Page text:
## Introduction: Ohms Law for Dummies

Hey! Dont be so hard on yourself!

You're not dumb! Electricity is an extremely difficult concept to understand, which is why today you're going to learn from me (A Dummy), how I learned the fundamentals of electricity. Ill cut out all the excess and leave you with just the simplified fundamentals.

Today Im going to cover just a brief intro to electricity, we'll cover

- What is electricity?
- Voltage Current Resistance and Power
- The algebraic relationship to each other Ohms Law
- And My favorite method of solving circuit problems!

Why should you listen to me? Ive been an Electrician for 6 years and I once sat in your very spot! I wanted to understand electricity, but people kept using big terms and foreign concepts that went right over my head! So today Im going to teach you what I wish someone taught me when I was just starting. The basics, but..basic-er

## Step 1: What Is Electricity?

* Electricity is the movement of electrons*. That's it. Simple enough right?

Without getting too deep, everything in the entire universe is made of atoms. At the core of the atom you have Protons and neutrons, and in a cloud around them are electrons!

Here's the thing.* Electrons don't like each other*. Electrons have a negative - charge, and when you put them together they tend to push each other away!

But, Electrons love Protons! Protons have a positive + charge, but cant move around as easily as electrons can. So if you put an electron and proton together, the electron will move towards the proton! Electricity!

Remember the old saying? Opposites attract?

So with that out of the way, now we can get to the building blocks of electricity (extremely simplified for our lesson)

- Voltage: An imbalance of of charge between two points
- Current: Amount of electrons flowing past a point
- Resistance: Resistance to the flow of electrons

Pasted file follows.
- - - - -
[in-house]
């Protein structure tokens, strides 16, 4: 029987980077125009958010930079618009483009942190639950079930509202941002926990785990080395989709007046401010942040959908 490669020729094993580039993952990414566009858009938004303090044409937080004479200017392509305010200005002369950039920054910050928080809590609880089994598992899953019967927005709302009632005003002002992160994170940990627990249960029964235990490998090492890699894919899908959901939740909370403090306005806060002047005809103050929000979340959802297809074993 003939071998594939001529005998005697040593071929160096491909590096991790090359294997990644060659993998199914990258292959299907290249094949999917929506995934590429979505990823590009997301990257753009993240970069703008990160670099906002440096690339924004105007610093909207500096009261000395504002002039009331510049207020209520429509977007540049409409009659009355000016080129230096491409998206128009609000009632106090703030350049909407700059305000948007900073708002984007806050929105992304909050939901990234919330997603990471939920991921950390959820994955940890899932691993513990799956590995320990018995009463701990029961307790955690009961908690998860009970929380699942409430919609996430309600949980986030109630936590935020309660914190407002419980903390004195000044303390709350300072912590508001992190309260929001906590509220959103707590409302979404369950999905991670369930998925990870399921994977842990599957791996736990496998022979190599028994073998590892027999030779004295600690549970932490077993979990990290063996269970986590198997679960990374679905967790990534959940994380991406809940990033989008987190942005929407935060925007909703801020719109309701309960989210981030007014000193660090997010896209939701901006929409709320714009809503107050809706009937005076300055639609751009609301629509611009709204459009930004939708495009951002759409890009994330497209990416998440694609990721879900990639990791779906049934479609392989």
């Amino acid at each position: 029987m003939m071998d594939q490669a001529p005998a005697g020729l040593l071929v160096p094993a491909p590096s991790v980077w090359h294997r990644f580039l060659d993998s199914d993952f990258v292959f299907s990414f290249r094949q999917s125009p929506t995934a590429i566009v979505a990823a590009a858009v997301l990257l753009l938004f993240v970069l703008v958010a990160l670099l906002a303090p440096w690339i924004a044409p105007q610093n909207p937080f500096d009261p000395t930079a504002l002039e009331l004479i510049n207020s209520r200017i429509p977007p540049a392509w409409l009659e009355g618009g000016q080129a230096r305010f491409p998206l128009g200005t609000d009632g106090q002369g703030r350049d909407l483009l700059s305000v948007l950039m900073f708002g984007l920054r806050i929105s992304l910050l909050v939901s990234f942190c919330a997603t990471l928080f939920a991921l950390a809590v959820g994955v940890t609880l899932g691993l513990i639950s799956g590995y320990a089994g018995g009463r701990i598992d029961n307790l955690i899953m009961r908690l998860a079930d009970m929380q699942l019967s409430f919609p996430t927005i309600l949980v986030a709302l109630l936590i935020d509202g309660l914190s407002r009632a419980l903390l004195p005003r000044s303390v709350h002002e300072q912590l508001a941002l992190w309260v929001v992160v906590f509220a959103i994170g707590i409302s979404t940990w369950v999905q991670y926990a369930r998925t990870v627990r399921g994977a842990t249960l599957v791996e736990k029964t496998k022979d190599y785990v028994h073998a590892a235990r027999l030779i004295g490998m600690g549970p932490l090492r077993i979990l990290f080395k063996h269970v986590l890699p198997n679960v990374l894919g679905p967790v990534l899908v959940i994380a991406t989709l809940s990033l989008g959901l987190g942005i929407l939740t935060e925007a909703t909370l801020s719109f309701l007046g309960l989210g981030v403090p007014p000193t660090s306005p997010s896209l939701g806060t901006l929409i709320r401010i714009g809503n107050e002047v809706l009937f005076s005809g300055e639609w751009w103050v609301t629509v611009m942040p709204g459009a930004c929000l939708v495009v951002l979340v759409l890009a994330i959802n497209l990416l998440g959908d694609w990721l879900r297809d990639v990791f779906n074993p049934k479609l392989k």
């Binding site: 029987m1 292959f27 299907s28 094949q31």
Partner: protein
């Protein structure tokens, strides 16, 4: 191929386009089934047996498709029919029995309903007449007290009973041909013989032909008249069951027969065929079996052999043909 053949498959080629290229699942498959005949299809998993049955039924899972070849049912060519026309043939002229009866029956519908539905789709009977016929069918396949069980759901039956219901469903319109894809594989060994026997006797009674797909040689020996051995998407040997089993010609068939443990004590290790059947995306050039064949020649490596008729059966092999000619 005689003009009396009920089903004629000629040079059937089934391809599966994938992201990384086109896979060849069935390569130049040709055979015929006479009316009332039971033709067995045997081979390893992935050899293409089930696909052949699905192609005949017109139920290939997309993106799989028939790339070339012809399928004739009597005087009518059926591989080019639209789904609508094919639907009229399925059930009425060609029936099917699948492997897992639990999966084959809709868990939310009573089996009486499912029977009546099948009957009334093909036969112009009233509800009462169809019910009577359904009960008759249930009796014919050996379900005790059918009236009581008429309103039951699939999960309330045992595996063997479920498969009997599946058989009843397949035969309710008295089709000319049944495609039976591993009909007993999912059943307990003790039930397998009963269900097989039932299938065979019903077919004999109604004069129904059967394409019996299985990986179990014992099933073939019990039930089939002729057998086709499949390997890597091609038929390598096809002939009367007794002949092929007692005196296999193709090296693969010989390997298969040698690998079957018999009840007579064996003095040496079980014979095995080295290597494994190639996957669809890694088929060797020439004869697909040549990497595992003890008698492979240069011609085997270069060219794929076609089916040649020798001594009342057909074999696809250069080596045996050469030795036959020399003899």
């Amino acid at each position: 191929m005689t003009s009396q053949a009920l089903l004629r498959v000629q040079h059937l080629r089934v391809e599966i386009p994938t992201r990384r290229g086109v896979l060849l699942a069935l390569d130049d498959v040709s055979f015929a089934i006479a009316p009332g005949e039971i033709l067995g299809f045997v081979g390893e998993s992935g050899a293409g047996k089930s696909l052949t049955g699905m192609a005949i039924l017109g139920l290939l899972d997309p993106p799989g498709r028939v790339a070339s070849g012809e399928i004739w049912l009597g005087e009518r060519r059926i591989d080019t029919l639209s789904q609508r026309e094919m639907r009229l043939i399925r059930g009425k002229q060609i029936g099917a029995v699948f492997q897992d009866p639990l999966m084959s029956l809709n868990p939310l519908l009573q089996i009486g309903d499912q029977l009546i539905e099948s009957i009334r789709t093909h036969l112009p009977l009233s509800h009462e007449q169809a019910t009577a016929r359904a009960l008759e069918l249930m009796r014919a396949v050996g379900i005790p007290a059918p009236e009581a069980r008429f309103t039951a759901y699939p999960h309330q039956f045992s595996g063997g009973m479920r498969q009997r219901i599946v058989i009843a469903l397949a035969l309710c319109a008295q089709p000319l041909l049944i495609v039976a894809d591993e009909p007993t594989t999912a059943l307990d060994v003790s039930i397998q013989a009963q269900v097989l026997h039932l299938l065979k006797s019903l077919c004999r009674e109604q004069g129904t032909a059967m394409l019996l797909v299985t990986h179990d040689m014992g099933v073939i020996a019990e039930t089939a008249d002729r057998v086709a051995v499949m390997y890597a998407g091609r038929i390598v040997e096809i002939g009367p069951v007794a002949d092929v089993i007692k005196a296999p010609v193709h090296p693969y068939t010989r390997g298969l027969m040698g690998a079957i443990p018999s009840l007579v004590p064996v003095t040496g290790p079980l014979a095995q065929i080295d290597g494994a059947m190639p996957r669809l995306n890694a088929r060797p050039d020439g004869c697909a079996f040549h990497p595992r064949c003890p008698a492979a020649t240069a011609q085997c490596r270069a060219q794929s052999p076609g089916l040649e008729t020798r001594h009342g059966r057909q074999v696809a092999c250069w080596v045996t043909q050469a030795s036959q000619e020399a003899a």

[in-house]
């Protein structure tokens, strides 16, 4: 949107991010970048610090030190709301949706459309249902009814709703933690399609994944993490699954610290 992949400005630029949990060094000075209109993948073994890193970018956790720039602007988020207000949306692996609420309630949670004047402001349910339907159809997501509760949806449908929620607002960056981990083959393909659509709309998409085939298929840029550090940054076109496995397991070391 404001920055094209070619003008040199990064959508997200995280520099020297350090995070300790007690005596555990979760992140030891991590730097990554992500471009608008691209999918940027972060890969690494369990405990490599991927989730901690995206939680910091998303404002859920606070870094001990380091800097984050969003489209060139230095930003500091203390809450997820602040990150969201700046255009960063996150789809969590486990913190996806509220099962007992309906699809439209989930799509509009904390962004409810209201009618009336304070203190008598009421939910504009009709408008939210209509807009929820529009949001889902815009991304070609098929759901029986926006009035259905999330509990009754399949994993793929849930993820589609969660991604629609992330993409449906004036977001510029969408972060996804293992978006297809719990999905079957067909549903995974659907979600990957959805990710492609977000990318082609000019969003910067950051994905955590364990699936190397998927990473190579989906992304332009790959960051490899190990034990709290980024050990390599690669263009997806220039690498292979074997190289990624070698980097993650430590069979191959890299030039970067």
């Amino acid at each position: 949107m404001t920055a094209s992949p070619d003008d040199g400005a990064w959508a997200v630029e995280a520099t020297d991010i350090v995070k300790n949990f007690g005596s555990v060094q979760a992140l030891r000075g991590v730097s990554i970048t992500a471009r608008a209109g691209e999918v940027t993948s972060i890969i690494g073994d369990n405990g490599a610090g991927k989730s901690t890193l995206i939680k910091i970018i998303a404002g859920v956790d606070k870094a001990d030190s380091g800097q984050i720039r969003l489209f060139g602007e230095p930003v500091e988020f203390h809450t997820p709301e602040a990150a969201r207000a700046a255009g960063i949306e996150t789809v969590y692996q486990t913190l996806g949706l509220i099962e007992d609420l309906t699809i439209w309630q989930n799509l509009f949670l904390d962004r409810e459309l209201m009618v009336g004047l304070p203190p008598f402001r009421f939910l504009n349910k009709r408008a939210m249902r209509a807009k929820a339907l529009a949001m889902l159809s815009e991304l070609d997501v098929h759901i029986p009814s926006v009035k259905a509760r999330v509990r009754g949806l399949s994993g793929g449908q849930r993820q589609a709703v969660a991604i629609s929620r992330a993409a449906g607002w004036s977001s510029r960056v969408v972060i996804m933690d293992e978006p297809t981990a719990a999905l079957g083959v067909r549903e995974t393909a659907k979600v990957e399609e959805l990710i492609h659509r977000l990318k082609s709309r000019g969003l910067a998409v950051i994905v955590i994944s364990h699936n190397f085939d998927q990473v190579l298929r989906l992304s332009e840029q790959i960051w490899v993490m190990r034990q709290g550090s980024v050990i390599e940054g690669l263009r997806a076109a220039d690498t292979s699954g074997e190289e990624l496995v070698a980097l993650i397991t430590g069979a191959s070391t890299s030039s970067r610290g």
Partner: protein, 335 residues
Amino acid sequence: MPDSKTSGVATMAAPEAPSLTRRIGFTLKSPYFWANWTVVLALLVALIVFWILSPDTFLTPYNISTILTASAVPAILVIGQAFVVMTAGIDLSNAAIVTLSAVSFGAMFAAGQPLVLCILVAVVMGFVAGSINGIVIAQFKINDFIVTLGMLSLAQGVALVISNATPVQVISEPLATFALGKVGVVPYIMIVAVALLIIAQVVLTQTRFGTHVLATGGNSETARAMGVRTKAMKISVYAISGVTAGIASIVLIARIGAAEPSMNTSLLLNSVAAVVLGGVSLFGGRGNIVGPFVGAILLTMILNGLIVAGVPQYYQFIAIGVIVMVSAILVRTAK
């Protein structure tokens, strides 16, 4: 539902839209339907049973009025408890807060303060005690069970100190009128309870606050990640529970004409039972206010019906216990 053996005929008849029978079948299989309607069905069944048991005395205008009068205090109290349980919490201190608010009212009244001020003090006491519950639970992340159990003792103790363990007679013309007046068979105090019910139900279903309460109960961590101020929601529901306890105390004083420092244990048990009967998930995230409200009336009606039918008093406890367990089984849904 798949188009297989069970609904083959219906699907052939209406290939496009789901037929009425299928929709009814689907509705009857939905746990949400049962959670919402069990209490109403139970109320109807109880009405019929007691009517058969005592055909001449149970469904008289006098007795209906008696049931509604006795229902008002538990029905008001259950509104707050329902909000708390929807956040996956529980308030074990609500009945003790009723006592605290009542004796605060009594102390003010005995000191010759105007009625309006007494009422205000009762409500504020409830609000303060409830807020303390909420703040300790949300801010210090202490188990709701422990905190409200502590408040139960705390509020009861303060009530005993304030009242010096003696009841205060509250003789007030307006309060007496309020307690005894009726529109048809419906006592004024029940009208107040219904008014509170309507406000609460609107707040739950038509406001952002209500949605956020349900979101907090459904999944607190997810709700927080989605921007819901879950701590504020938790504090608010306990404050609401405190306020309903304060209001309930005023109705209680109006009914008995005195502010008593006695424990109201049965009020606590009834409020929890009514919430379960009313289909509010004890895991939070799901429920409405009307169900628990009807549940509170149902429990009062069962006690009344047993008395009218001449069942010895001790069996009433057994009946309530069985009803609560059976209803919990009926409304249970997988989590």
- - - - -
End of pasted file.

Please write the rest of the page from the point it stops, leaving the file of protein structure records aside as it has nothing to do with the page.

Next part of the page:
- Power: Transfer of electric energy into another form

And how we measure them

- Voltage: Measured in Volts (V)
- Current: Measured in Amps (A)
- Resistance: Measured in Ohms (Ω)
- Power: Measured in Watts (W)

And their symbols

- Voltage: Given the symbol (E or V) for Electromotive Force or Volts
- Current: Given the symbol (I) for the Intensity of flow
- Resistance: Given the symbol (R) for Resistance
- Power: Given the symbol (P) for Power

Keep in mind this is just and intro and you can go much more in depth into your explanation and definition of these terms however, why not just keep it simple?

So how do they work together?

My favorite way to explain this is to imagine electricity as a tank of water going through a hose. The force pressing down on the water, or the pressure is** Voltage**. Because of this pressure, water is going to flow, the amount of flowing water is **Amperage. **But at one point in the hose, there is a kink! Less water can flow through here, causing **Resistance. **Now imagine you spray the water at a waterwheel, causing it to spin, **Power!**

Now that you know the terminology, we can get into the mathematical relationships

## Step 2: Ohms Law

Ohms law describes how Voltage, Current and Resistance relate algebraically, stating

**Voltage** (E) = **Current** (I) multiplied by **Resistance** (R)

E=IR

or you can rewrite it many ways

I=E/R R=E/I

So lets do an example, We have a circuit consisting of a 12v Battery and a resistor measuring 2 Ohms. If we plug this into our equation it should look like this: 12v=I(2Ω). Divide 12v/2Ω and I = 6. 6 Amps will flow!

Now lets try it again, This time you use the same 12v Battery, but this time you don't know the resistance! Using an ammeter, you measure a flow of 1 amp, how much is the resistance? Plug it into our equation: R=12v/1A and we get R=12Ω!

Last one, this time we plugged a circuit into a battery of unknown voltage (Never do this by the way) You know the Resistance is 6Ω and you measure the flow as 2 Amps. Plug it into our equation E=2a*6Ω and we get 12v! That's simple enough right?